How Emma Raducanu inspires Indian tennis

In January 2018, Emma had won the ITF grade-3 junior tournament in Chandigarh, and followed that with the grade-2 title in Delhi.

ITF junior tournament girls champion Emma Raducanu (third from left) with runner-up Selin Ovunc of Turkey, DLTA administrator Col. Ranbir Chauhan (left), and former DPS Chairman Narendra Kumar at the DLTA Complex in Delhi in January 2018.   -  SPECIAL ARRANGEMENT

When Mahak Jain won the girls title in the Road to Wimbledon UK under-14 tennis championship on the grass courts of Wimbledon in 2015, Emma Raducanu had given a hint of her future by winning a doubles quarterfinal against the Indian 6-2, 6-0.

Emma was about 12 then, and had partnered Andre Lukosiute while beating Mahak and her British partner Mathilde Sreeves, getting a feel of international tennis at home.

Queried about Indian players dominating the tournament, the British coach Dan Bloxham had mentioned then that the English players were ‘’working doubly hard’’.

A Grand Slam nation has a great system to hone talent, and the British were in no hurry to make an early impact, but were keen to get the foundation right for a bright future.

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The 18-year-old Emma has taken the quickest steps, as a qualifier ranked 150, to a Grand Slam title in New York. Her best title before this was the $25,000 tournament she won in Pune in December 2019.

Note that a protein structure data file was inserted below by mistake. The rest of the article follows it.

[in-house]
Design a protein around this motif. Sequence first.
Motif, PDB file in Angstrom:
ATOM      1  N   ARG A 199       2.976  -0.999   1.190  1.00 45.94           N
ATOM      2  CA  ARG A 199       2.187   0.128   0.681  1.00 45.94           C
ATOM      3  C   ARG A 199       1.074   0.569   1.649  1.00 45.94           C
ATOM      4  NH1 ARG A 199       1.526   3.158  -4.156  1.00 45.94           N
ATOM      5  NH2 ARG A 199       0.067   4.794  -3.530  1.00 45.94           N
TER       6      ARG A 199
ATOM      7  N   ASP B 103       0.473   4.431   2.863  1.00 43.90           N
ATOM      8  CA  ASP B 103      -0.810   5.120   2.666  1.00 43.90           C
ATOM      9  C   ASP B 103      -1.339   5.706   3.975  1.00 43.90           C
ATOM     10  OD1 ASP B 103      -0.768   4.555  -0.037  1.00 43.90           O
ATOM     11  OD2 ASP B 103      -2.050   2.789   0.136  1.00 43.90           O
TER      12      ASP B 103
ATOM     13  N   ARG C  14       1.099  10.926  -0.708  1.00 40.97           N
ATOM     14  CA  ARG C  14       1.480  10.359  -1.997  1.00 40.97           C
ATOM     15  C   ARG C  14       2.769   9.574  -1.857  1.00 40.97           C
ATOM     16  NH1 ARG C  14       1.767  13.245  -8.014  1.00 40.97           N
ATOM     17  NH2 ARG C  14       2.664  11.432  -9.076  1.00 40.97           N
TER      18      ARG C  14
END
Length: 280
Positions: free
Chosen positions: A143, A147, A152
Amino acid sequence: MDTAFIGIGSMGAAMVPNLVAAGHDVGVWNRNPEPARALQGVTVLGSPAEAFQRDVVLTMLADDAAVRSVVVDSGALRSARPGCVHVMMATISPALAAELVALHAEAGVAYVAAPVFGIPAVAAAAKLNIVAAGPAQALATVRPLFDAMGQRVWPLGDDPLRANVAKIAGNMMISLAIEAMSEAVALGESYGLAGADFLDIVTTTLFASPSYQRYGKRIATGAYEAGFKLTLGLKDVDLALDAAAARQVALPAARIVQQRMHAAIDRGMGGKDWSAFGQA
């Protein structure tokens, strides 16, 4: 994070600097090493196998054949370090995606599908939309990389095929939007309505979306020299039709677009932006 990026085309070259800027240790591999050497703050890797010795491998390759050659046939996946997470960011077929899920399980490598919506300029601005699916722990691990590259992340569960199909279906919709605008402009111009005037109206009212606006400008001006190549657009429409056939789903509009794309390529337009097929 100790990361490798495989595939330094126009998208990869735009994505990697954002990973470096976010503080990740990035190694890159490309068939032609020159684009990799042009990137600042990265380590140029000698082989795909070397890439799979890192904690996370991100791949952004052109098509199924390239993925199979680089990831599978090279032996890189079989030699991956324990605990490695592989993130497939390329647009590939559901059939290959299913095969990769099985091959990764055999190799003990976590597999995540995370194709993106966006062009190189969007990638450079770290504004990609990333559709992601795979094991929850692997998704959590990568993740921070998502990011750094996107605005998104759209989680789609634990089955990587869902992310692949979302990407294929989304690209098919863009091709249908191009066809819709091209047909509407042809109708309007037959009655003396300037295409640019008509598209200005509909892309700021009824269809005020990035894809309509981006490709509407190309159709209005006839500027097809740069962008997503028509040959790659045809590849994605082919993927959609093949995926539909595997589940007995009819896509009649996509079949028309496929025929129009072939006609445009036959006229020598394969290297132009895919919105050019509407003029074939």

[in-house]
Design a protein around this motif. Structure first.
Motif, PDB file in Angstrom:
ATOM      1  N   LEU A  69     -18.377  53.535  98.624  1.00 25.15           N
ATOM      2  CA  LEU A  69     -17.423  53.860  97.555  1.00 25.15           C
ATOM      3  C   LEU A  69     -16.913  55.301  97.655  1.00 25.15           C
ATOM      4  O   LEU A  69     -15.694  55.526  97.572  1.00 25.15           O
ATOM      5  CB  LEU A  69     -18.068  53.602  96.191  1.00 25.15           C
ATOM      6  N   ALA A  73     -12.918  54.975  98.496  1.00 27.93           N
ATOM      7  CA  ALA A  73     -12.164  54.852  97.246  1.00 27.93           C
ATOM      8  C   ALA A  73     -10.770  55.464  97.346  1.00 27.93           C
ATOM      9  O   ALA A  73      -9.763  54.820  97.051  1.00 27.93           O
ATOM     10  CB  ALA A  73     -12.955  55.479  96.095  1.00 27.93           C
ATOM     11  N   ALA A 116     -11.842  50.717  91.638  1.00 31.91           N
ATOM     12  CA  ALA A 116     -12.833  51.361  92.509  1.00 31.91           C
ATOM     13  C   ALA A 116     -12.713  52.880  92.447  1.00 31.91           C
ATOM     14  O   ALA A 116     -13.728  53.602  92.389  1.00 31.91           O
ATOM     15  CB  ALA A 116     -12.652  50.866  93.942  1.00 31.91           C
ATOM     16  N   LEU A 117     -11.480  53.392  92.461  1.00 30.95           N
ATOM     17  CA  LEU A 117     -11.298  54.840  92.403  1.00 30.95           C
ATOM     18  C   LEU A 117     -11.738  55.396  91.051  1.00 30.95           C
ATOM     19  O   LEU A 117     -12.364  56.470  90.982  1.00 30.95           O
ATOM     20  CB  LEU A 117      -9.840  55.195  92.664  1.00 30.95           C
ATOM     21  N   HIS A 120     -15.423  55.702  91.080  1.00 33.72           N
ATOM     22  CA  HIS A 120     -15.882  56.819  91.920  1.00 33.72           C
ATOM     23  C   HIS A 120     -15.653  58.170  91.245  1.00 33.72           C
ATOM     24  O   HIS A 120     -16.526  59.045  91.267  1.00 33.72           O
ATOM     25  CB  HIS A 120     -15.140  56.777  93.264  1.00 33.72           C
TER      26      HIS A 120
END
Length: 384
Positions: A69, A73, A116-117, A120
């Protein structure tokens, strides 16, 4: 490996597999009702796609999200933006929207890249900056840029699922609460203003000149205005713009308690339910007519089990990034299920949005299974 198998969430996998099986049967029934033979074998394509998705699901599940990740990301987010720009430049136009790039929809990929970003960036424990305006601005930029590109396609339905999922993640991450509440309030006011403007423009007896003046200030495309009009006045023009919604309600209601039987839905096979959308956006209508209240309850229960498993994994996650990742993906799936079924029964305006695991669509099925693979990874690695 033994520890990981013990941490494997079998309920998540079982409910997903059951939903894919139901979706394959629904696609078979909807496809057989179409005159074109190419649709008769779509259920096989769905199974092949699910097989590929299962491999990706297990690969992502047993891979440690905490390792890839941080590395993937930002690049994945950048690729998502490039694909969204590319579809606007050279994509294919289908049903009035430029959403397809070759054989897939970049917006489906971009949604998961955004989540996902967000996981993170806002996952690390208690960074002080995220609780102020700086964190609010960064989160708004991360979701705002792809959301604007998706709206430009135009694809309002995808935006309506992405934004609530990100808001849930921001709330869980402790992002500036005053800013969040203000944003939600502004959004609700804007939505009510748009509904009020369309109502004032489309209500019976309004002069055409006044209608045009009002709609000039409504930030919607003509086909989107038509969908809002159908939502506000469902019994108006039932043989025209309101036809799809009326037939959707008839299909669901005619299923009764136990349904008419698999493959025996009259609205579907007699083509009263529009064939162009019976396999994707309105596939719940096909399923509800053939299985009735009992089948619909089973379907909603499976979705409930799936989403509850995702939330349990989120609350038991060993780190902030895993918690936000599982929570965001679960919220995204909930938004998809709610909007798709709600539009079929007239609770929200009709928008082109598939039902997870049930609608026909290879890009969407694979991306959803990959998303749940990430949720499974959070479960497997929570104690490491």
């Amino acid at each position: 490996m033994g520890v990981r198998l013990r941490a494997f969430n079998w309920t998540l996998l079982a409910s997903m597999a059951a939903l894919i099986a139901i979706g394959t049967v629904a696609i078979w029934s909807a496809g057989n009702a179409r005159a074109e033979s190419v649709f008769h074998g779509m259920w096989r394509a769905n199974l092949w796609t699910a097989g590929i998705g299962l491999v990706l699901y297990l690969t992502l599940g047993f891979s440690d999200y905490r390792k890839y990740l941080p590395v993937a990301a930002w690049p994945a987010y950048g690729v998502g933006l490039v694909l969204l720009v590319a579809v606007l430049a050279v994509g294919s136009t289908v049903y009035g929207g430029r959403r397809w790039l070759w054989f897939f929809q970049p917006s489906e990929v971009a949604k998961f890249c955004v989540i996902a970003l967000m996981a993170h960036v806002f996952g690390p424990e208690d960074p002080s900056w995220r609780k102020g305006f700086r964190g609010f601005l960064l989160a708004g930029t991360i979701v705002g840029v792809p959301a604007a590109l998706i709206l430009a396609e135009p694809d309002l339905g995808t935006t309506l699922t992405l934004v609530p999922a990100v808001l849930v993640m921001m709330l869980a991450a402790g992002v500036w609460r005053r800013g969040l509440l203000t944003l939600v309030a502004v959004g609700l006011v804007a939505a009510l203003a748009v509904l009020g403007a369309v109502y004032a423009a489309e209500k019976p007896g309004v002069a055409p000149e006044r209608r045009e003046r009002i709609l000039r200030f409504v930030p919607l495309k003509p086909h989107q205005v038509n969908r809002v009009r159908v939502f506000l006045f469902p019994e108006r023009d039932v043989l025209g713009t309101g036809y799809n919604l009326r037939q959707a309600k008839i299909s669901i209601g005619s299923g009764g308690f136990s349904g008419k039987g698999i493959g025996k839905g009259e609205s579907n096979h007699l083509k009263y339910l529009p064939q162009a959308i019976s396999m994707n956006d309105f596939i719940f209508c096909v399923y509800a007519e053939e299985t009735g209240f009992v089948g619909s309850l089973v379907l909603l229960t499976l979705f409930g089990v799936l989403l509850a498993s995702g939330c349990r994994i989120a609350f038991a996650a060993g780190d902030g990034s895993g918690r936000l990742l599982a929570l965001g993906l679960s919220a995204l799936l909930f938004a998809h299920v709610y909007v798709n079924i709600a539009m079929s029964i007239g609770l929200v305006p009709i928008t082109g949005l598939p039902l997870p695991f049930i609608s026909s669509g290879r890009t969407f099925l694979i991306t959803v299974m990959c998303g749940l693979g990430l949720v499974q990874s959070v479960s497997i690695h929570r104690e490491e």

Earlier in January 2018, Emma had won the ITF grade-3 junior tournament in Chandigarh, and followed that with the grade-2 title in Delhi.

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Vaidehi Chaudhari had a good match against Emma on court No.6 at the DLTA, but retired at 4-6, 2-4 owing to a sprained ankle. That injury kept Vaidehi away from the Australian Open junior event that year.

"I remember Emma being very energetic and getting every ball back. She was very quick on court. I feel very proud to have played a good match against her," recalled Vaidehi, who trains with coach Jignesh Raval in Ahmedabad.

"Emma was on a mission then. She was winning a series of junior titles at that time. She was on fire," recalled coach Jignesh.

Conceding that Emma’s incredible success has lent a lot of clarity to the right approach, Jignesh said that he would make a series of videos to educate the players and parents about, ‘’what to do, and what not to do’’.

Going back to the Road to Wimbledon venture, the late Paul Hutchins, the Tournament Director had remarked, "if we can contribute a little bit for the growth of tennis, we will be happy’’.

In its big-hearted approach to help world tennis through the Wimbledon Foundation, British tennis has only strengthened its roots, with committed coaches and trainers honing talent in the best possible way.

If Emma’s effortless serve, energetic approach to every point and the hearty smile is any hint, the British have made an immense contribution to world tennis.

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